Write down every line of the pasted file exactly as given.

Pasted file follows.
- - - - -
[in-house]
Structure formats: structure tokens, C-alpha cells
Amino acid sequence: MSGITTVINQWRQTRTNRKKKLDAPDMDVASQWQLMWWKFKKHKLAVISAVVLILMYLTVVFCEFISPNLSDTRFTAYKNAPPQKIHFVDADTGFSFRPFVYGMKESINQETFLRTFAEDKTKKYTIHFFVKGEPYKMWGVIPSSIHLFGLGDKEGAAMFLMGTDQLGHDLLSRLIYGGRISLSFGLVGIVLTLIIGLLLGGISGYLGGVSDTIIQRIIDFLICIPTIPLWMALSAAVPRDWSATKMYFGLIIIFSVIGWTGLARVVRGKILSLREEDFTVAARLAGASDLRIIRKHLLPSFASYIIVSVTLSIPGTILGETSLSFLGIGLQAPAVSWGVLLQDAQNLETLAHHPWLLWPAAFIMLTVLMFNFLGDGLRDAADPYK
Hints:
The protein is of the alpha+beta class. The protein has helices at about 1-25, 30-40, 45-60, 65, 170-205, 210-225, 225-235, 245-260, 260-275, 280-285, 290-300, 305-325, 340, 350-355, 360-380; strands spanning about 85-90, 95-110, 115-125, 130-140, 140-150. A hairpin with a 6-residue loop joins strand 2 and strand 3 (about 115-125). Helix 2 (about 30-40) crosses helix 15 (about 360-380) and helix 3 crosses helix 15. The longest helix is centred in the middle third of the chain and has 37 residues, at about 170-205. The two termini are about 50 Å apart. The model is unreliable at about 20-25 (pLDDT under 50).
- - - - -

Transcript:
[in-house]
Structure formats: structure tokens, C-alpha cells
Amino acid sequence: MSGITTVINQWRQTRTNRKKKLDAPDMDVASQWQLMWWKFKKHKLAVISAVVLILMYLTVVFCEFISPNLSDTRFTAYKNAPPQKIHFVDADTGFSFRPFVYGMKESINQETFLRTFAEDKTKKYTIHFFVKGEPYKMWGVIPSSIHLFGLGDKEGAAMFLMGTDQLGHDLLSRLIYGGRISLSFGLVGIVLTLIIGLLLGGISGYLGGVSDTIIQRIIDFLICIPTIPLWMALSAAVPRDWSATKMYFGLIIIFSVIGWTGLARVVRGKILSLREEDFTVAARLAGASDLRIIRKHLLPSFASYIIVSVTLSIPGTILGETSLSFLGIGLQAPAVSWGVLLQDAQNLETLAHHPWLLWPAAFIMLTVLMFNFLGDGLRDAADPYK
Hints:
The protein is of the alpha+beta class. The protein has helices at about 1-25, 30-40, 45-60, 65, 170-205, 210-225, 225-235, 245-260, 260-275, 280-285, 290-300, 305-325, 340, 350-355, 360-380; strands spanning about 85-90, 95-110, 115-125, 130-140, 140-150. A hairpin with a 6-residue loop joins strand 2 and strand 3 (about 115-125). Helix 2 (about 30-40) crosses helix 15 (about 360-380) and helix 3 crosses helix 15. The longest helix is centred in the middle third of the chain and has 37 residues, at about 170-205. The two termini are about 50 Å apart. The model is unreliable at about 20-25 (pLDDT under 50).